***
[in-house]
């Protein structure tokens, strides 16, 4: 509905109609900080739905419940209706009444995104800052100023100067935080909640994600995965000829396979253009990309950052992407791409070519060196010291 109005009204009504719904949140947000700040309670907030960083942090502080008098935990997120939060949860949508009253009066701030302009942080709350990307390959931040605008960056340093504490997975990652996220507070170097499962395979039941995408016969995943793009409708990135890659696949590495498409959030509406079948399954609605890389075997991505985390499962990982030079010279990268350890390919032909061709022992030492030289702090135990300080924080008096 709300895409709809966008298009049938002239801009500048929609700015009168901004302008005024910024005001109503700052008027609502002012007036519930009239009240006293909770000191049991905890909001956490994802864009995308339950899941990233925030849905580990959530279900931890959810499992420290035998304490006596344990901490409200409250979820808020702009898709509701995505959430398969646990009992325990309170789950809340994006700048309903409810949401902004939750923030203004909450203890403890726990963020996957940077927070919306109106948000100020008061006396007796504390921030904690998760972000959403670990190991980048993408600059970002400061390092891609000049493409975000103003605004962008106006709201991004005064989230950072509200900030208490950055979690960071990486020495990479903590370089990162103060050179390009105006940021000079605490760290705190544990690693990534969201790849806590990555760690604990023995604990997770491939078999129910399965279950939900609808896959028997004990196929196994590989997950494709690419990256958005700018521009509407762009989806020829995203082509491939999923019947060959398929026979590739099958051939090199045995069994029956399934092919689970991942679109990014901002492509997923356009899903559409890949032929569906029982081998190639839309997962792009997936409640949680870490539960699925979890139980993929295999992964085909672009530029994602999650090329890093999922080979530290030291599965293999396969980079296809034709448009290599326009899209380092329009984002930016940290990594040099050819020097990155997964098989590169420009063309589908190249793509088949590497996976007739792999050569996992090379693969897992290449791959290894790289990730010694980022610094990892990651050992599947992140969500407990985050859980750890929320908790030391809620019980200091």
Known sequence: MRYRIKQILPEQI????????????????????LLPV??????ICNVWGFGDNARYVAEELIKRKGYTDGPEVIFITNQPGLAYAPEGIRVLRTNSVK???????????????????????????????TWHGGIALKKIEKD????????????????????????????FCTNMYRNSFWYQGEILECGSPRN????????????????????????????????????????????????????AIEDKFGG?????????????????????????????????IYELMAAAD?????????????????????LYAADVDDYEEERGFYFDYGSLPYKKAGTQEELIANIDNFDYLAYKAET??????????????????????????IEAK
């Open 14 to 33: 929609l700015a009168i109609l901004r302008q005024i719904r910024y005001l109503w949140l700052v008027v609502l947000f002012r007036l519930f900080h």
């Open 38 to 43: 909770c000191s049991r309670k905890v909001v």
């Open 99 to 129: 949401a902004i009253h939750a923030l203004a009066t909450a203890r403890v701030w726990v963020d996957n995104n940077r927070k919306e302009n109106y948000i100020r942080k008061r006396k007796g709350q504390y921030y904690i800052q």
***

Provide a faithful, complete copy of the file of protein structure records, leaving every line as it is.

[in-house]
């Protein structure tokens, strides 16, 4: 509905109609900080739905419940209706009444995104800052100023100067935080909640994600995965000829396979253009990309950052992407791409070519060196010291 109005009204009504719904949140947000700040309670907030960083942090502080008098935990997120939060949860949508009253009066701030302009942080709350990307390959931040605008960056340093504490997975990652996220507070170097499962395979039941995408016969995943793009409708990135890659696949590495498409959030509406079948399954609605890389075997991505985390499962990982030079010279990268350890390919032909061709022992030492030289702090135990300080924080008096 709300895409709809966008298009049938002239801009500048929609700015009168901004302008005024910024005001109503700052008027609502002012007036519930009239009240006293909770000191049991905890909001956490994802864009995308339950899941990233925030849905580990959530279900931890959810499992420290035998304490006596344990901490409200409250979820808020702009898709509701995505959430398969646990009992325990309170789950809340994006700048309903409810949401902004939750923030203004909450203890403890726990963020996957940077927070919306109106948000100020008061006396007796504390921030904690998760972000959403670990190991980048993408600059970002400061390092891609000049493409975000103003605004962008106006709201991004005064989230950072509200900030208490950055979690960071990486020495990479903590370089990162103060050179390009105006940021000079605490760290705190544990690693990534969201790849806590990555760690604990023995604990997770491939078999129910399965279950939900609808896959028997004990196929196994590989997950494709690419990256958005700018521009509407762009989806020829995203082509491939999923019947060959398929026979590739099958051939090199045995069994029956399934092919689970991942679109990014901002492509997923356009899903559409890949032929569906029982081998190639839309997962792009997936409640949680870490539960699925979890139980993929295999992964085909672009530029994602999650090329890093999922080979530290030291599965293999396969980079296809034709448009290599326009899209380092329009984002930016940290990594040099050819020097990155997964098989590169420009063309589908190249793509088949590497996976007739792999050569996992090379693969897992290449791959290894790289990730010694980022610094990892990651050992599947992140969500407990985050859980750890929320908790030391809620019980200091």
Known sequence: MRYRIKQILPEQI????????????????????LLPV??????ICNVWGFGDNARYVAEELIKRKGYTDGPEVIFITNQPGLAYAPEGIRVLRTNSVK???????????????????????????????TWHGGIALKKIEKD????????????????????????????FCTNMYRNSFWYQGEILECGSPRN????????????????????????????????????????????????????AIEDKFGG?????????????????????????????????IYELMAAAD?????????????????????LYAADVDDYEEERGFYFDYGSLPYKKAGTQEELIANIDNFDYLAYKAET??????????????????????????IEAK
């Open 14 to 33: 929609l700015a009168i109609l901004r302008q005024i719904r910024y005001l109503w949140l700052v008027v609502l947000f002012r007036l519930f900080h």
């Open 38 to 43: 909770c000191s049991r309670k905890v909001v």
């Open 99 to 129: 949401a902004i009253h939750a923030l203004a009066t909450a203890r403890v701030w726990v963020d996957n995104n940077r927070k919306e302009n109106y948000i100020r942080k008061r006396k007796g709350q504390y921030y904690i800052q």